How Do Caretaking Functions Relate to Parental Responsibilities?

Anyone in Illinois who is going through a divorce or anticipates filing for divorce will need to understand how child custody works if they have minor children from their marriage. As you may know, Illinois does not award child custody to one or both parents. Rather, Illinois courts allocate parental responsibilities according to the Illinois Marriage and Dissolution of Marriage Act (IMDMA), which includes both significant decision-making responsibilities and parenting time. When parents are able to reach an agreement about how they will share parental responsibilities, they can create a parenting plan in which they allocate parental responsibilities, as long as their allocation of parental responsibilities is in the best interests of the child.

If you have started looking into the allocation of parental responsibilities under the IMDMA, you likely know that significant decision-making responsibilities are similar to what we used to call legal custody, while parenting time is similar to what we used to call physical custody visitation. Where, then, does the term “caretaking functions” come into play, and how are caretaking functions part of parental responsibilities?

Caretaking Functions Occur During Parenting Time

In a child custody case in Illinois, the IMDMA defines caretaking functions as interacting with a child, managing that care by others, or making money to pay for that care. Caretaking functions are tasks that parents must do while they have parenting time.

The IMDMA outlines a number of tasks that are included as part of a parent’s caretaking functions, yet makes clear that the list is not complete. As such, caretaking functions certainly can include more tasks than those included in the IMDMA list. Some examples from the IMDMA of caretaking functions include but are not limited to:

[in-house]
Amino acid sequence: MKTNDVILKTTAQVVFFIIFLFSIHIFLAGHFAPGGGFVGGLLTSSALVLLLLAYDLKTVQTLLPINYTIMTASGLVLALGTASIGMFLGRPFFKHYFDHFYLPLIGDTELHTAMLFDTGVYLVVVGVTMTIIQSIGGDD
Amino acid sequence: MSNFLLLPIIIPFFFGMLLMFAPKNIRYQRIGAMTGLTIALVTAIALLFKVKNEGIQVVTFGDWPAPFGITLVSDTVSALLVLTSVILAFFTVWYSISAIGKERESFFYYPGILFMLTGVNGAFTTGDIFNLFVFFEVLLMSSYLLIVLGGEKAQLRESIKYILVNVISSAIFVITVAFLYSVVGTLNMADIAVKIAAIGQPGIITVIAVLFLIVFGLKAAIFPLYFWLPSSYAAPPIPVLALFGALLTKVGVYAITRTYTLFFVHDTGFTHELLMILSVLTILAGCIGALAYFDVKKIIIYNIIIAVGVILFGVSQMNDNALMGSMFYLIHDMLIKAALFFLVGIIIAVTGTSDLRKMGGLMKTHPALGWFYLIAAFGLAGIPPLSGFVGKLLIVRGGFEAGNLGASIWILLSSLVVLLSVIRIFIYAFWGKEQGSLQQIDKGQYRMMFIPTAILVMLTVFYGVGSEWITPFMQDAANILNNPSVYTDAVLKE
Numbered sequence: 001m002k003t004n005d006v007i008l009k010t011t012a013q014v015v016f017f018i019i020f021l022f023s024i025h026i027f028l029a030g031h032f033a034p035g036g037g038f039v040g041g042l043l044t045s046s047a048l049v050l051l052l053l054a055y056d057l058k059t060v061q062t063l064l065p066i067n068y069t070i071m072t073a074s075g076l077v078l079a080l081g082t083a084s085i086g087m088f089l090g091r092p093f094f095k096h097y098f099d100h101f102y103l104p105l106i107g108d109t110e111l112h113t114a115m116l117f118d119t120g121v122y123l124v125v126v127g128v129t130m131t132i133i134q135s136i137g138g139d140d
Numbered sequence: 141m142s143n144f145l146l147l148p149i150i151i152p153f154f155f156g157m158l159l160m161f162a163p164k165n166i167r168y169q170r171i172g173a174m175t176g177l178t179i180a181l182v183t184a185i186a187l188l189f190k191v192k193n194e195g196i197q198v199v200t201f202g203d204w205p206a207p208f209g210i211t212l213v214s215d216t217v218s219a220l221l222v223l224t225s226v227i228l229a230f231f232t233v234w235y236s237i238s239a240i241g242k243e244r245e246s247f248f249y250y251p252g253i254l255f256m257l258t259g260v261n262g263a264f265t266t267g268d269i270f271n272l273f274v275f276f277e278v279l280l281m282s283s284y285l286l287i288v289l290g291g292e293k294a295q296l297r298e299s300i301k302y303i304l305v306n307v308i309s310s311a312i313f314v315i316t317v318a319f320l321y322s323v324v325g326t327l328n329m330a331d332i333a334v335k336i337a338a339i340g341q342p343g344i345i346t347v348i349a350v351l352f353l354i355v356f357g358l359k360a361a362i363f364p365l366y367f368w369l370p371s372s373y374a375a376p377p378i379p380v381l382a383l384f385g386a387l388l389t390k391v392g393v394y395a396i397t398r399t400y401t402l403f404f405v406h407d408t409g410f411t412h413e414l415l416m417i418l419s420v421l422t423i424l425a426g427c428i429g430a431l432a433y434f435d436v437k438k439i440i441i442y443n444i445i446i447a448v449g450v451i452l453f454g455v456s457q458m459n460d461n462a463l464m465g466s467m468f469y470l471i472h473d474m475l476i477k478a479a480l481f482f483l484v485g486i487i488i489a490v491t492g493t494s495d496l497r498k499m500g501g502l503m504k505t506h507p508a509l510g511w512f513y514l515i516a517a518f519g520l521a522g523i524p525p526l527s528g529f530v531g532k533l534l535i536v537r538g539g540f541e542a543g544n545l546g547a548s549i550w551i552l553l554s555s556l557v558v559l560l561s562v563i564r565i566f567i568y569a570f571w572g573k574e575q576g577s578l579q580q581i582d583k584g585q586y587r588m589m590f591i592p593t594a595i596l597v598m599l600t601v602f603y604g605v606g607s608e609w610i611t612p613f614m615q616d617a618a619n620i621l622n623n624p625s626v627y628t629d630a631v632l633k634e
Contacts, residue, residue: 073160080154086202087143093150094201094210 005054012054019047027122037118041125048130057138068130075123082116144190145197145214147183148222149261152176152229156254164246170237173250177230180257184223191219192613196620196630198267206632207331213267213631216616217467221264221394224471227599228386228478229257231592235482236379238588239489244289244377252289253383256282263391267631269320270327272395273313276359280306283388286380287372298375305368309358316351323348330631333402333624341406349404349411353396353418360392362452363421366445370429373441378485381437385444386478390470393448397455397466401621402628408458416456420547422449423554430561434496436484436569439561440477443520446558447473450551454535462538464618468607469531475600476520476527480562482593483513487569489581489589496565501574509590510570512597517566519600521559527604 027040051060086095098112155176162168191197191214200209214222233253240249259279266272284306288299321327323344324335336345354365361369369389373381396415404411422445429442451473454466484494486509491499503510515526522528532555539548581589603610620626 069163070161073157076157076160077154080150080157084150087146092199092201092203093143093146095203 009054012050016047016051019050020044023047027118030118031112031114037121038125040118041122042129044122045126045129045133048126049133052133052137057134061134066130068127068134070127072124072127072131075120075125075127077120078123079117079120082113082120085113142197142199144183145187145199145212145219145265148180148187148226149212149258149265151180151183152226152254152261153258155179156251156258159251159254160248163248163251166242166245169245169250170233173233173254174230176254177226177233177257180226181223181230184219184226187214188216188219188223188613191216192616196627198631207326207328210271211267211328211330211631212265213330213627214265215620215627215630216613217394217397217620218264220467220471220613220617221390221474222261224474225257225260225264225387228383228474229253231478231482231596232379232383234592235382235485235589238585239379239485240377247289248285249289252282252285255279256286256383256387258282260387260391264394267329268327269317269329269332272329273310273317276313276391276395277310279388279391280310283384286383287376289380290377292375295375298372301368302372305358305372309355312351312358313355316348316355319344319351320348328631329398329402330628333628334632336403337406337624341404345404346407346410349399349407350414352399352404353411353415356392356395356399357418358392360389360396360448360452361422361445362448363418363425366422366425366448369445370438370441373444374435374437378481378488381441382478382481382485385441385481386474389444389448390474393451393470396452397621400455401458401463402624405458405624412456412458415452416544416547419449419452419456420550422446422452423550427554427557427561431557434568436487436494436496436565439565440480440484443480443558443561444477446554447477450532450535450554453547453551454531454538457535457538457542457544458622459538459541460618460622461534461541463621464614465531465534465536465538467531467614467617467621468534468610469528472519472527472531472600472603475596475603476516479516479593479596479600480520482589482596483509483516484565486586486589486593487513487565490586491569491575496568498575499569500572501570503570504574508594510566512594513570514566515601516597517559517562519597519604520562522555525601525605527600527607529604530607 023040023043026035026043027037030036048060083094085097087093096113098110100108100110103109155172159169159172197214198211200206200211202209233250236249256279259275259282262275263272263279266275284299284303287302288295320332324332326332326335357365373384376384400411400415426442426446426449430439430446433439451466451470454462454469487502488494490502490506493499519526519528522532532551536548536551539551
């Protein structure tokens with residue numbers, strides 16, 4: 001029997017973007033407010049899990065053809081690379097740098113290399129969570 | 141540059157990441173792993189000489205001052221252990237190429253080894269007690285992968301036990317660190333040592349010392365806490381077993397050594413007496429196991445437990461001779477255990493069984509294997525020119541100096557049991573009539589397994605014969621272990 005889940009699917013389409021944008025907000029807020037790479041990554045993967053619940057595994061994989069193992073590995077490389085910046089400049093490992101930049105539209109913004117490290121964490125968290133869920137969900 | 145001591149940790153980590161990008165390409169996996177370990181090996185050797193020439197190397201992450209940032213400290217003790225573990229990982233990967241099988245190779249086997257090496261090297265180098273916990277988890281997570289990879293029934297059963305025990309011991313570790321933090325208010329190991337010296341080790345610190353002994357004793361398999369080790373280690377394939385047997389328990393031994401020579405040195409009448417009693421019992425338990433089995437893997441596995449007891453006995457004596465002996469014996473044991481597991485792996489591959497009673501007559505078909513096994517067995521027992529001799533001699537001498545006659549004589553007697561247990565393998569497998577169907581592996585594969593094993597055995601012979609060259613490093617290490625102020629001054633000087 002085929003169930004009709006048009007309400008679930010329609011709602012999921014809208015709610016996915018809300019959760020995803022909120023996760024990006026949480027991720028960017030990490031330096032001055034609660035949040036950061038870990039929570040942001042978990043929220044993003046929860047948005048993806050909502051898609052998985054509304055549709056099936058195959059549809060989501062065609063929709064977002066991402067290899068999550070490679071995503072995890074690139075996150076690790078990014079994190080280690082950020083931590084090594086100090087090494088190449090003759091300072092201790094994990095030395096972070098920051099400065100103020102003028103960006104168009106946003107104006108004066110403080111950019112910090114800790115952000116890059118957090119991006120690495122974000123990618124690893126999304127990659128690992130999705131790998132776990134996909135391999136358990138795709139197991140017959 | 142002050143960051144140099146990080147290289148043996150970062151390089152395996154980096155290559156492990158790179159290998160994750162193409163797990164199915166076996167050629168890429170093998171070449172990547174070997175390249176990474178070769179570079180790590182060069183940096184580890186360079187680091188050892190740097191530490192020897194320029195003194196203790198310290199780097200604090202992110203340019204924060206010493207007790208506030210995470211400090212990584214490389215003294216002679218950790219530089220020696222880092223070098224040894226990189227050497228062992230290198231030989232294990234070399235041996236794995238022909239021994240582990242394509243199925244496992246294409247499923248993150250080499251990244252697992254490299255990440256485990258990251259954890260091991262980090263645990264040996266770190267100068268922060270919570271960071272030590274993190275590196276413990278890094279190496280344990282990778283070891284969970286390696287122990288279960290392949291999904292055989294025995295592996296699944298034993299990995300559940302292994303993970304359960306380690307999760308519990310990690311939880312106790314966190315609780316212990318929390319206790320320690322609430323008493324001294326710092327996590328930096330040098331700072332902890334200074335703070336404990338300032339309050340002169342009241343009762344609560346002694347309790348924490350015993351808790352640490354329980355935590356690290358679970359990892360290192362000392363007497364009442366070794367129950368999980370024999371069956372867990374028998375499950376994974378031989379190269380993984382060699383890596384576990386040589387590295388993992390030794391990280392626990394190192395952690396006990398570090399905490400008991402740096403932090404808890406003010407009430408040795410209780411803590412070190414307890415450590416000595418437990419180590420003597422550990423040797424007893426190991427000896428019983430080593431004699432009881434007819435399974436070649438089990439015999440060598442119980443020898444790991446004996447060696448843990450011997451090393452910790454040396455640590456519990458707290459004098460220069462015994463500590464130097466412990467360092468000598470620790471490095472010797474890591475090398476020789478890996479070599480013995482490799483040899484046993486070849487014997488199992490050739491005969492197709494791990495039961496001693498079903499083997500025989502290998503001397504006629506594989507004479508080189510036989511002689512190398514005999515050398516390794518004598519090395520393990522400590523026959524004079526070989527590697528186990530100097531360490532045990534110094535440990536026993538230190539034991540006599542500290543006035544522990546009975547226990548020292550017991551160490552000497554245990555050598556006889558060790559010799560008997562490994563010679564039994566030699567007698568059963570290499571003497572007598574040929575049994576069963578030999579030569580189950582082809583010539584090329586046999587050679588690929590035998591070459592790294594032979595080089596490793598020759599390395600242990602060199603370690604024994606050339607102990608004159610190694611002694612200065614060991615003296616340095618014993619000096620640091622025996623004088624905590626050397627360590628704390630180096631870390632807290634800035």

• Satisfying the child’s nutritional needs;
  • Managing the child’s bedtime and wake-up routines;
  • Providing care for the child if the child is sick or injured;
  • Attending to the child’s personal hygiene needs, such as washing or grooming, or dressing;
  • Taking the child to scheduled extracurricular activities;
  • Protecting the child’s physical safety;
  • Directing the child’s acquisition of motor and language skills;
  • Helping the child with toilet training;
  • Directing the child’s maturity and acquisition of self-confidence;
  • Disciplining the child;
  • Instructing the child’s manners;
  • Supervising the child’s chores;
  • Ensuring the child attends school;
  • Assisting the child in developing relationships with family and acquaintances;
  • Ensuring the child attends medical appointments; and
  • Providing moral and ethical guidance for the child.

When a court allocates parenting time, it assumes that the parent exercising parenting time will be responsible for caretaking functions for the child during that time. Of course, caretaking functions can vary depending upon a specific child’s age and needs.

Contact a Chicago Family Lawyer

If you have questions about the allocation of parental responsibilities or need assistance with your child custody case, one of our experienced Chicago child custody lawyers can assist you. Do not hesitate to get in touch with our firm for more information. Contact Arami Law, Inc. today.

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